BA Degree in Theatre Design from Wimbledon School of Art and a BTEC Foundation Studies in Art and Design from the Oxfordshire School of Art and Design.
First big break
My first big break was designing a David Mamet double bill of Sexual Perversity in Chicago and The Shawl, which was on Sheffield Crucible’s main stage, directed by Angus Jackson. Michael Grandage put Angus and I together. Until then, I’d been designing fringe productions, small shows. This was my first proper experience of working in a theatre where I wasn’t going to have to build the entire set myself.
I wasn’t entirely sure about doing my first job at the Chocolate Factory - thank goodness I did! Working with Timothy Bird and Sam Buntrock in that partnership there has been a definite highlight. One of the great things that’s come from Sunday in the Park with George is the recognition with the design that the two things - the projection (care of Bird) and the set - are utterly integrated. That was something we strived for from the very beginning. We thought there should never be any separation from the real characters on stage and the animated projected characters. Achieving that collision between the real and virtual worlds was fantastic. It’s amazing getting so much recognition for Sunday. The Olivier is the award you dream of winning – I hoped I might get there when I was 50 or so. To win now, having just turned 30, is scary. Awards open doors and make people take you more seriously. Producers who wouldn’t think of me for a job before are now very interested. I haven’t changed, I still do what I do.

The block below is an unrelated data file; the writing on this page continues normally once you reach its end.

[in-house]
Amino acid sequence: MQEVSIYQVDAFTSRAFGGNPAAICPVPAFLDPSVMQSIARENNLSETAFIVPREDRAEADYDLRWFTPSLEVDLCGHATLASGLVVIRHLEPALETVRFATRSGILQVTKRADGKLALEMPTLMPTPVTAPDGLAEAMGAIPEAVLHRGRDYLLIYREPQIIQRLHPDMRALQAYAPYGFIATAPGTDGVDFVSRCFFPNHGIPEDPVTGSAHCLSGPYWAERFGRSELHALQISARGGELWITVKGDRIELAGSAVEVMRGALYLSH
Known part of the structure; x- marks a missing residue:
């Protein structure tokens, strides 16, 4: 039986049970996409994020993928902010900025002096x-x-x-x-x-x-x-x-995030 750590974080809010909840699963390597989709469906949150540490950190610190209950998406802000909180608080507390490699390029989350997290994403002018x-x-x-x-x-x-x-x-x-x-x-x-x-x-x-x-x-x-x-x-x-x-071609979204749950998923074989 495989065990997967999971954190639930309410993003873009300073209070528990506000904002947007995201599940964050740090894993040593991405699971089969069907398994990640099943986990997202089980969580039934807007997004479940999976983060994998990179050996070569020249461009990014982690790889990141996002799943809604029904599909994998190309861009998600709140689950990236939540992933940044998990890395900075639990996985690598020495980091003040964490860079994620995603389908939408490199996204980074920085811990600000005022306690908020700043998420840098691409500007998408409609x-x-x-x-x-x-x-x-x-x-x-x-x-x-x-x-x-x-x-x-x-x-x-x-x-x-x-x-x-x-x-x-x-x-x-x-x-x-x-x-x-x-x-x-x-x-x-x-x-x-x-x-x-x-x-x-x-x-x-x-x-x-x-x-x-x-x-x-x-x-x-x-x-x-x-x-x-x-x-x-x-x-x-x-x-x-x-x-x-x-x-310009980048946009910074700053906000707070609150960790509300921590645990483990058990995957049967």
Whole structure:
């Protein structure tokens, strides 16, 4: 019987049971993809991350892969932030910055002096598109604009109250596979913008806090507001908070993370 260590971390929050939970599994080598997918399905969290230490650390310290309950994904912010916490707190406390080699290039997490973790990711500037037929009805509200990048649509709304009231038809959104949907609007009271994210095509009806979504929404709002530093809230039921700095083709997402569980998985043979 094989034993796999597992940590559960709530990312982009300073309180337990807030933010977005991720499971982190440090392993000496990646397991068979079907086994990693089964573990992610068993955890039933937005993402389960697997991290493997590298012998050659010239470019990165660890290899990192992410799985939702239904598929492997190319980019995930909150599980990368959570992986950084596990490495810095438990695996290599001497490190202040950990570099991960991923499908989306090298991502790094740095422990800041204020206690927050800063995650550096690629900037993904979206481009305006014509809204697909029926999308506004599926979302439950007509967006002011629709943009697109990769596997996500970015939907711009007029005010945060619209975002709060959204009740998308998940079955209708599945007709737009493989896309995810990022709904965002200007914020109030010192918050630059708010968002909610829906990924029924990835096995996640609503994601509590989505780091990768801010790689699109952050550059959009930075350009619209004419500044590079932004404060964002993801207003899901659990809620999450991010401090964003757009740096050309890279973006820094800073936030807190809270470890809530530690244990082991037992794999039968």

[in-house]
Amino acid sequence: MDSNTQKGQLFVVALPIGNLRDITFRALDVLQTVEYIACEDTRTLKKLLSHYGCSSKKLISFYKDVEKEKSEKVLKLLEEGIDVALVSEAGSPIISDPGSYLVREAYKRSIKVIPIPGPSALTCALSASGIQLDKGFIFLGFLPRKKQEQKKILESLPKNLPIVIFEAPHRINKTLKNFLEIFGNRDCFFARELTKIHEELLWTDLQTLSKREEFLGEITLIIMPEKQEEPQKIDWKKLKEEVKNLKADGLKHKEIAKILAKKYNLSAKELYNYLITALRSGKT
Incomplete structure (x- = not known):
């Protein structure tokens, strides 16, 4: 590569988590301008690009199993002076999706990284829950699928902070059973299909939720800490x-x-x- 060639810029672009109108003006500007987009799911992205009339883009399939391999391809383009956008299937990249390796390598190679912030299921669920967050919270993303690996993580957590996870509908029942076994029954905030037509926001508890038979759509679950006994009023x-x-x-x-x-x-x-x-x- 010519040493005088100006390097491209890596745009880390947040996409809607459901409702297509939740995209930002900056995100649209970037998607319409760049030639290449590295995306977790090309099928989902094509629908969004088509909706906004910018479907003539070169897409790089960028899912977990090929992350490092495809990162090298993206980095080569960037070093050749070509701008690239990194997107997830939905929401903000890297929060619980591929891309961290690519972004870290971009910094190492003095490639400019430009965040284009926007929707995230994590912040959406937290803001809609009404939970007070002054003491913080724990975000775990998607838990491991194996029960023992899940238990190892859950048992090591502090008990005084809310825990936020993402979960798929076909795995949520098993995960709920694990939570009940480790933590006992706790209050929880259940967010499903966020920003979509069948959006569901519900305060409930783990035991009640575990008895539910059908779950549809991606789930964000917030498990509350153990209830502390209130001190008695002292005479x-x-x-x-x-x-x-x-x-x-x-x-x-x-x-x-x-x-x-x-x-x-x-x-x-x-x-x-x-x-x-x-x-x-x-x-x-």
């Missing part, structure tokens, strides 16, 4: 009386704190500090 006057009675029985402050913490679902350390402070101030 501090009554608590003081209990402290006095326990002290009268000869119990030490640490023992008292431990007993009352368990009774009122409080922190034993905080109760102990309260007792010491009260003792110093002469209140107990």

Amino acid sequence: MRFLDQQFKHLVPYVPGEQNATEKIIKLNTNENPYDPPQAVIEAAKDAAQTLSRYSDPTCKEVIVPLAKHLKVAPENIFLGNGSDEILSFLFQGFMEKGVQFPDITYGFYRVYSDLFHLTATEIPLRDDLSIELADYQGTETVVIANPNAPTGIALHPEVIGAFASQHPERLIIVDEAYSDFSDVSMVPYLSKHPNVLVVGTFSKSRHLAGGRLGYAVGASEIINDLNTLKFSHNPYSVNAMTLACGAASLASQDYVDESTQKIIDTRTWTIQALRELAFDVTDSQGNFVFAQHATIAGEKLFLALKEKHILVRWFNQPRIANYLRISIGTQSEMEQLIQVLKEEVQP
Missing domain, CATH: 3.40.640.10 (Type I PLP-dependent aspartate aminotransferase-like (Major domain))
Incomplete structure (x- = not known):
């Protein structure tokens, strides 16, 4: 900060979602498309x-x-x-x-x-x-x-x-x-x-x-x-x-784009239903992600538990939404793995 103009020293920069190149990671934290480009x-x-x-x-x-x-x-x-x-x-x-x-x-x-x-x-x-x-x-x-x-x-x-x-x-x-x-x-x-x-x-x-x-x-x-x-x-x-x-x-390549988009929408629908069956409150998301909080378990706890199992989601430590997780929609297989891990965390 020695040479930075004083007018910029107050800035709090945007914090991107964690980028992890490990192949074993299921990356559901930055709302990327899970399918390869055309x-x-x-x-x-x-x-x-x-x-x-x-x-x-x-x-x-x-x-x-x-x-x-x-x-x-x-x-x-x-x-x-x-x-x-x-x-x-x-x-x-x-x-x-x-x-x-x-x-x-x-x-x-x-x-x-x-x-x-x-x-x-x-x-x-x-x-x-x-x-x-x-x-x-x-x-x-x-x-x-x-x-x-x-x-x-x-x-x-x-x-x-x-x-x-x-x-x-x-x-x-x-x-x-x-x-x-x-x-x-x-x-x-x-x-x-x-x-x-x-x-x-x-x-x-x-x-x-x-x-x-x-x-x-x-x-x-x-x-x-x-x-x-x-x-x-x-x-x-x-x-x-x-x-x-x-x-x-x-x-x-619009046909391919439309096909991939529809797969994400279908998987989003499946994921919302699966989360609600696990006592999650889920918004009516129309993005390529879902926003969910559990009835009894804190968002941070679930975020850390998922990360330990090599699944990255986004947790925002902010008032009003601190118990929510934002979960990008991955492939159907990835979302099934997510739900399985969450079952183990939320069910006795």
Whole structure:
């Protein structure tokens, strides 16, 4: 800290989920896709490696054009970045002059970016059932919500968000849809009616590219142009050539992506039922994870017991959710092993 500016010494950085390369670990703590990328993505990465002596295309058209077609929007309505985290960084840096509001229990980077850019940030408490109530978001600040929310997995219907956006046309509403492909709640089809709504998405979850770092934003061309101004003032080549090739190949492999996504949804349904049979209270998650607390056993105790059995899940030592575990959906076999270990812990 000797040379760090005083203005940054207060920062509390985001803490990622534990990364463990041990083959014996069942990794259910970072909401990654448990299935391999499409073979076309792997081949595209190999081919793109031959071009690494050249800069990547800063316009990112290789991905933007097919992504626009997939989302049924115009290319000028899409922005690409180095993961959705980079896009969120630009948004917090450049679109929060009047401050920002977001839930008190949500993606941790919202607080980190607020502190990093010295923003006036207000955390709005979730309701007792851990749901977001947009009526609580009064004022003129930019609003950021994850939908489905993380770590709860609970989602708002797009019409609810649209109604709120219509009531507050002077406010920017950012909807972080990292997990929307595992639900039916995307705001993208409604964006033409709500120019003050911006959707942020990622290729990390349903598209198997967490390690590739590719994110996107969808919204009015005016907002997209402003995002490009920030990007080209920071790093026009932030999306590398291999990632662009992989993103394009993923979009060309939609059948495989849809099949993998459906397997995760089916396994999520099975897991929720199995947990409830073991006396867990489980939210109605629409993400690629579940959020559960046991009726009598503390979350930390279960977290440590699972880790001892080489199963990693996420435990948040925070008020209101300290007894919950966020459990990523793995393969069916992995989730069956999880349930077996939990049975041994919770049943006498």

Someone to Watch Over Me, one of my student shows which I did with the director Mark Rosenblatt at Oxford, was a beautiful beautiful piece. And Sunday, of course, was incredibly rewarding. It was Sam Buntrock’s baby. He had this vision of using a combination of computer-generated animation, video projection and live actors, and he decided, somehow, we were going to do it. It was incredibly exciting. I’d never seen the show in the flesh before but knowing the way it’s done opened up the possibilities. I had a real epiphany with it. I remember thinking, okay, if I pull the stops out, work every hour I can (I was often at the theatre from six in the morning till two at night) and make this the best we possibly can, maybe… and then in the last stages seeing it really come together. Those are very much the moments that make it all worthwhile, when you realise, everything’s possible.